The name of the game with this headphone’s midrange is all about a relaxed presentation. Even though I prefer a more intimate forwardness, I have to admit that the moderately relaxed midrange appeal in the HP200 is very enjoyable.
Alongside the bass end, the midrange is also very elegant and soft in dynamic presentation. That means it doesn’t kick and slam hard. This is a soft approach, slow, and very relaxing. If you enjoy older Big Band and Jazz standards, this is a great option for you in this price tier. And while that is great to have in a very musical and fun sounding headphone, there is a bit of a problem with the upper midrange.
Upper Mids and Vocals
Shouting and high pitched voices in music tracks, especially in movies, can be overly nasal and a stark contrast to how things feel in the lower mids. This is a rare problem, but the explanation will come in a bit in the treble section. For now, the upper mids are not what I would consider reflective of the softer tonality of the bass and general midrange areas.
Thankfully, EQ to the rescue. The HP200 responds nicely to variants in my EQ setup and will provide a better experience, at least to my own ear, than a flat EQ will. Vocals can be warmed up and made less engaging, or even more engaging.
Overall fidelity for a lower end of the middle tier pricing such as this is just good. I am not wild about the lack of intimacy and the wider field view the HP200 has opted for. Combining that aspect with the just good sound quality in a literal sense of the word makes the experience forgettable at best when referencing other fantastic sounding midrange products out there.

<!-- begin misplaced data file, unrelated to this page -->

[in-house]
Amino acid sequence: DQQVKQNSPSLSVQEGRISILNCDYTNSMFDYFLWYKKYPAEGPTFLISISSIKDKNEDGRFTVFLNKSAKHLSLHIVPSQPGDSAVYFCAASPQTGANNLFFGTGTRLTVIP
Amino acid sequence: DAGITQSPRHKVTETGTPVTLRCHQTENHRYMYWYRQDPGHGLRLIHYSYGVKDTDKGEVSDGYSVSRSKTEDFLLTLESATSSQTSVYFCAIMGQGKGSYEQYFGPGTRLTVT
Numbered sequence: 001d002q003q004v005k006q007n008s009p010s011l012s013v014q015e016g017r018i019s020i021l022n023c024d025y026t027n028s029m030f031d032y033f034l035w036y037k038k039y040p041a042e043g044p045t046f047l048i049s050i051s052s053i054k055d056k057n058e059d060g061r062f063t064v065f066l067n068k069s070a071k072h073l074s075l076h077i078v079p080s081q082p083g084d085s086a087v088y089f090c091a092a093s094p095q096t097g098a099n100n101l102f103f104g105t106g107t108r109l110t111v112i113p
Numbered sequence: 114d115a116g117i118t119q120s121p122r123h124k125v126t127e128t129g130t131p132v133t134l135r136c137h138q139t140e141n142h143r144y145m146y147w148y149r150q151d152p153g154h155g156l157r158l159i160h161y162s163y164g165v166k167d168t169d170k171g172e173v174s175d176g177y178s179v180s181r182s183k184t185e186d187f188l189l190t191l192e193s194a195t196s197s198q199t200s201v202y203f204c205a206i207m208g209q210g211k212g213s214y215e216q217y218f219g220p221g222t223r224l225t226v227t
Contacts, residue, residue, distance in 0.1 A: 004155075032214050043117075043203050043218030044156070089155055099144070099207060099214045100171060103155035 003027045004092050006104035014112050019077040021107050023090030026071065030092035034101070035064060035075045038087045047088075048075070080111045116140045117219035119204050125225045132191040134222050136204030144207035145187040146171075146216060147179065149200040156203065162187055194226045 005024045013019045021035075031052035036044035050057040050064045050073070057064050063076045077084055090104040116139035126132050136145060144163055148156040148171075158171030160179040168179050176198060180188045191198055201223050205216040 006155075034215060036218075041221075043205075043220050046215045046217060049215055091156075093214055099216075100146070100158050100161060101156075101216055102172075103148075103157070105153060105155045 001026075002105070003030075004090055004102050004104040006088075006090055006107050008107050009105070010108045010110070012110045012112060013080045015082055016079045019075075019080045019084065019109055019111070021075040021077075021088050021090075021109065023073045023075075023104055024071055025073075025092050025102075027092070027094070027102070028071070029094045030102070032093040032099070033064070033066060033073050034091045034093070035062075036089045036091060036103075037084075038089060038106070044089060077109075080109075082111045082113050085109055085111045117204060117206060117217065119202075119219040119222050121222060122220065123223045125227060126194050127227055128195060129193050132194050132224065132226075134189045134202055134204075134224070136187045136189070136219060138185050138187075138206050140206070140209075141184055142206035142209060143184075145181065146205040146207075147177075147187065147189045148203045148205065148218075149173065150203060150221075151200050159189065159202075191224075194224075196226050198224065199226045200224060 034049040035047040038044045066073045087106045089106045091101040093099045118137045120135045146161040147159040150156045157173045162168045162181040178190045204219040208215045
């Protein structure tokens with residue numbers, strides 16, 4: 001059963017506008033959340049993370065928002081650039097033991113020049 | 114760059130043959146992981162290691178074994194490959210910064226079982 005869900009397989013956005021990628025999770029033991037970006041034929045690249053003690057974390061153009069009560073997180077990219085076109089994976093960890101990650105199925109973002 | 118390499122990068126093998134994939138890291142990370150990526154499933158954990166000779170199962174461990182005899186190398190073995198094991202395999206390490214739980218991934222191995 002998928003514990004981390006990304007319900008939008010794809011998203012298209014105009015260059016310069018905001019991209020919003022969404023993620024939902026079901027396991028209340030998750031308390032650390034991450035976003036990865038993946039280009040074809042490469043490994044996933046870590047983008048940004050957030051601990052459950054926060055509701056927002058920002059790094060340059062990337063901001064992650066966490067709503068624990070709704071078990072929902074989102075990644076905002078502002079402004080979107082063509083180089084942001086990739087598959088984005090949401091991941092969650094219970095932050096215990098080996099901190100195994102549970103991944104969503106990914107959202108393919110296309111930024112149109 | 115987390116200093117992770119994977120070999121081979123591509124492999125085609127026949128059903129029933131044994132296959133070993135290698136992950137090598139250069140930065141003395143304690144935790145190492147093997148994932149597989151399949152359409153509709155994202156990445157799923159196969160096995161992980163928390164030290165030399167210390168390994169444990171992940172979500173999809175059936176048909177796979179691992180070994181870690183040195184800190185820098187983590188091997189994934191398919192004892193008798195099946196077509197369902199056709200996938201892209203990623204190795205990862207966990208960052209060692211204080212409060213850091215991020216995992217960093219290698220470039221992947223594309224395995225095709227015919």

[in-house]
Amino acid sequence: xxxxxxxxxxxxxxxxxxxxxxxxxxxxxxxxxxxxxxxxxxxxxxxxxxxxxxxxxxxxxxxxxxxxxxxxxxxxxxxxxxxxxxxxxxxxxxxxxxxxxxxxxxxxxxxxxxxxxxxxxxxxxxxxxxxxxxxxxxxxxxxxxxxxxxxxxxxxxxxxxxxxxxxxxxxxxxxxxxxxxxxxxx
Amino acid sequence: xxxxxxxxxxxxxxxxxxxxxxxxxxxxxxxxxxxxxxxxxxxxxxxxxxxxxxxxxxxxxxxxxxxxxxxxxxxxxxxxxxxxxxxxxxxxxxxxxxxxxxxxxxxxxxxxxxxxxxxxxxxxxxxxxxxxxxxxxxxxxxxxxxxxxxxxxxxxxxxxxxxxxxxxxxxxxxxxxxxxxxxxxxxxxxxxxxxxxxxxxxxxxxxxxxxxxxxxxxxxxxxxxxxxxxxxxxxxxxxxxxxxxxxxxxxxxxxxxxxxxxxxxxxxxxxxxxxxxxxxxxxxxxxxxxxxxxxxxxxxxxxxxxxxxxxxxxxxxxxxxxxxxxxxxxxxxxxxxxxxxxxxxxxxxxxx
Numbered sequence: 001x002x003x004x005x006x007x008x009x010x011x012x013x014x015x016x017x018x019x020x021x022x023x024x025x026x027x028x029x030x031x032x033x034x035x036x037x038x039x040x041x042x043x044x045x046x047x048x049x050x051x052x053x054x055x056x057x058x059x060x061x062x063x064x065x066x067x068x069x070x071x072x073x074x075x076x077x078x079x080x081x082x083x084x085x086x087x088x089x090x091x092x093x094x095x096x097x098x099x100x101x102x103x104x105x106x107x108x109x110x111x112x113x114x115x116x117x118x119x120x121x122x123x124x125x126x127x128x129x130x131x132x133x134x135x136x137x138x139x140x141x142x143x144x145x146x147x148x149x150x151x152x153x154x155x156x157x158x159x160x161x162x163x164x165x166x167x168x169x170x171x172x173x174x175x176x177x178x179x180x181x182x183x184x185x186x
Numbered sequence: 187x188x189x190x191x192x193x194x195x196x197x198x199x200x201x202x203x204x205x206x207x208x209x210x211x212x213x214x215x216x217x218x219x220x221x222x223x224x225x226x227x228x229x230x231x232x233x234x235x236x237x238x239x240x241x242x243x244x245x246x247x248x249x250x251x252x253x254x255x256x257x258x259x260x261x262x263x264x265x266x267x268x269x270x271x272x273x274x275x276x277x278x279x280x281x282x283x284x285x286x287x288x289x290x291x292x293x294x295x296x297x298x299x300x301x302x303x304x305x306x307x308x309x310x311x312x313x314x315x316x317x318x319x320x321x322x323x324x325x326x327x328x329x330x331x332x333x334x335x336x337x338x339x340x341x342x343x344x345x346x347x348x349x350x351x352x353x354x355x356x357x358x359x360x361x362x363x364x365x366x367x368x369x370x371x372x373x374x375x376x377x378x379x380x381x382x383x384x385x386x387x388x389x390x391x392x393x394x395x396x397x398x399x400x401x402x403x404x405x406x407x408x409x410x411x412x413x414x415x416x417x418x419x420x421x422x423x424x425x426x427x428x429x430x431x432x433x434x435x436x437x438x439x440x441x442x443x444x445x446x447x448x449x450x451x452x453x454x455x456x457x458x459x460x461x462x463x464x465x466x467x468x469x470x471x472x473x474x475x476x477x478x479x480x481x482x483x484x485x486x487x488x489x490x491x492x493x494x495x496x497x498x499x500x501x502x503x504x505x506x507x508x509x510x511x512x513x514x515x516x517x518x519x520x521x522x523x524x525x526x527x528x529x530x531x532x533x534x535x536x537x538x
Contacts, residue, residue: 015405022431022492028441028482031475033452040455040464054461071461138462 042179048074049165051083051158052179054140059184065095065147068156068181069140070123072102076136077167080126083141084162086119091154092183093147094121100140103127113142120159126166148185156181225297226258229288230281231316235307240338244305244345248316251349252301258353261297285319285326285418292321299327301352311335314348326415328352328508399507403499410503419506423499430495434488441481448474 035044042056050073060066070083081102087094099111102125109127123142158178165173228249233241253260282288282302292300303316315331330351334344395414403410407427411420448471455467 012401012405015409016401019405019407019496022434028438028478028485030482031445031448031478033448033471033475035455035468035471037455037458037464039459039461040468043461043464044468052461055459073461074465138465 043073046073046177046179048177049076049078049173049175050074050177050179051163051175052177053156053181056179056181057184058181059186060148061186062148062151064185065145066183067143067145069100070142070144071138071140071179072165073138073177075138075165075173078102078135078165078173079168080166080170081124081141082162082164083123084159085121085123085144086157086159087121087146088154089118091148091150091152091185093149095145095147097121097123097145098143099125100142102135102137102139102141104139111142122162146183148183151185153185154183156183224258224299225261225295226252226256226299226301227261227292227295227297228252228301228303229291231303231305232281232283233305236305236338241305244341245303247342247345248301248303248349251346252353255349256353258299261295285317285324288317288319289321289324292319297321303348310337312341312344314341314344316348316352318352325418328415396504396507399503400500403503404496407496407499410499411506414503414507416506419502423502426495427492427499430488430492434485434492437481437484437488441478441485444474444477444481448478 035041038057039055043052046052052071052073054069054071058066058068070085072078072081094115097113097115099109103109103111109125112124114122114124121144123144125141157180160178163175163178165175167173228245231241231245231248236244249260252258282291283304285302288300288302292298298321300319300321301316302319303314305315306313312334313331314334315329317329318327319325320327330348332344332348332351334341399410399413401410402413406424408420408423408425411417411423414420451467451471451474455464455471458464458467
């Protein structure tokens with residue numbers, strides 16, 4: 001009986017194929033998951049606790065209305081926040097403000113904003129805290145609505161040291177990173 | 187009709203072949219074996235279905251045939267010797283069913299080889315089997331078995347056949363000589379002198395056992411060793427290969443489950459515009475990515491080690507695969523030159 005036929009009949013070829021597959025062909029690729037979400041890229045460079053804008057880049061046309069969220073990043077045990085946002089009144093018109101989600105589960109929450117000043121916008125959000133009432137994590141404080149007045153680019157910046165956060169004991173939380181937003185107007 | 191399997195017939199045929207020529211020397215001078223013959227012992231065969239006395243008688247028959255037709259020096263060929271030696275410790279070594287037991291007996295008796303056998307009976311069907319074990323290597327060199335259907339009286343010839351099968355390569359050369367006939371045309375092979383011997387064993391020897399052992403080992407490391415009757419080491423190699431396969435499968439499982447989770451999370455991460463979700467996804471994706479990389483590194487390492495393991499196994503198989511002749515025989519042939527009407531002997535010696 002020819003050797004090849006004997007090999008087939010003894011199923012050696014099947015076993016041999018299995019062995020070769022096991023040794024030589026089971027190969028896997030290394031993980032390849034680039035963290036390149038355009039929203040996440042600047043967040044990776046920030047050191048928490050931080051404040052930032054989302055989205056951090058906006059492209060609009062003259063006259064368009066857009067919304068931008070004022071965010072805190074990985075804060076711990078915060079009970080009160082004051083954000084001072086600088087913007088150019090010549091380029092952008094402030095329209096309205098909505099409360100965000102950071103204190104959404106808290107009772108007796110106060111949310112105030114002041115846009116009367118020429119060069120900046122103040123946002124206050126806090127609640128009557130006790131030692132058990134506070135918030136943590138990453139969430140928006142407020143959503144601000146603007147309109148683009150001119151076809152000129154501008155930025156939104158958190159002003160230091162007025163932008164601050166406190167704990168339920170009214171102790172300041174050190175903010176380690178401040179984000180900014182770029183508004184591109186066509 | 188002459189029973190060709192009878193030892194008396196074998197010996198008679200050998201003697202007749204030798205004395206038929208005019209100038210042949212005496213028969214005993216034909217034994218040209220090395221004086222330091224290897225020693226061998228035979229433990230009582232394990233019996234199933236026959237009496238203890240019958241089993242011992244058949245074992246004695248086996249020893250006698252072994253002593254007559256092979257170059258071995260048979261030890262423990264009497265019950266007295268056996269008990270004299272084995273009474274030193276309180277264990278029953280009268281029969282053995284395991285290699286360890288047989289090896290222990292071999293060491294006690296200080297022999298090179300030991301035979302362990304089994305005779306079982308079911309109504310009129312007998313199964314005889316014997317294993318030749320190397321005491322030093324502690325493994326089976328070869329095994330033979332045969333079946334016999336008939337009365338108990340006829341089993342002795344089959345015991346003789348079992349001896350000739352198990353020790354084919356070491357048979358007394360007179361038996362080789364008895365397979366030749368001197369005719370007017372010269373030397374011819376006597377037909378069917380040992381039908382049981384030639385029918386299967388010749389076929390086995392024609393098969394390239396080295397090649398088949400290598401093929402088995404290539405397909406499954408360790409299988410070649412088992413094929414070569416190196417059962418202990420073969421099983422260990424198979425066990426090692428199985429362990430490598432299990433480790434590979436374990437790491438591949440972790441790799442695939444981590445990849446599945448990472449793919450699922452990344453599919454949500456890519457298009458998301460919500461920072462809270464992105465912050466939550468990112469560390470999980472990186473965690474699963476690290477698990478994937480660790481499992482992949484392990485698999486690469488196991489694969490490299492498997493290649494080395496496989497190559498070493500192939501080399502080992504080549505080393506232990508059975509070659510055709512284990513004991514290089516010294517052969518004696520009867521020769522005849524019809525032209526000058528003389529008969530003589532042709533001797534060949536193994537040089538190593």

That does not mean it sounds bad. It doesn’t. It just means for the price you can get better elsewhere. But, odds are exceptionally high that whatever other sets you opt for will be a purist headphone and not a musical sounding one.
Simply put, I am really not fond of the entire top end. It has something to do with tonality and not quantity factor. Dynamism and slam factor is noticeably stronger than the bass and midrange at all times. Yet, once again, the HP200 can be EQ’ed nicely to avoid painful quantity, or lacking quantity up top. That is such a great thing to have in a portable. Yet, also one that is open back as well.
What is happening here is a tonally skewed top end that is not congruent with the bass and mids below it. The measurements aren’t very good up yonder. The treble is, on a flat EQ, overly engaging and bright in comparison to the warmer tonalities below it in the spectrum. It sounds a bit lopsided in that regard and even with a lowered treble via EQ, the experience tonally doesn’t shift.
It still sounds a bit too overpowering when referencing bass and midrange. It is just that the bass and mids are very elegant and soft sounding, but the top end is firmer and more dynamically interesting. As for quality, sadly again, I can’t recommend it to treble-heads who love that type of a purist sound up top. I can recommend it to EQ-friendly listeners who have a powerful EQ to get something more out of it on a subjective level.
The HP200 sounds wide and well-formed. For an open back, the experience is just okay to me. I don’t hear or pick up on a sense of fantastic imaging prowess. But, what is there is, is coherent and well-formed. Height, width, and depth are all roughly equals and nothing feels physically out of place or lacking.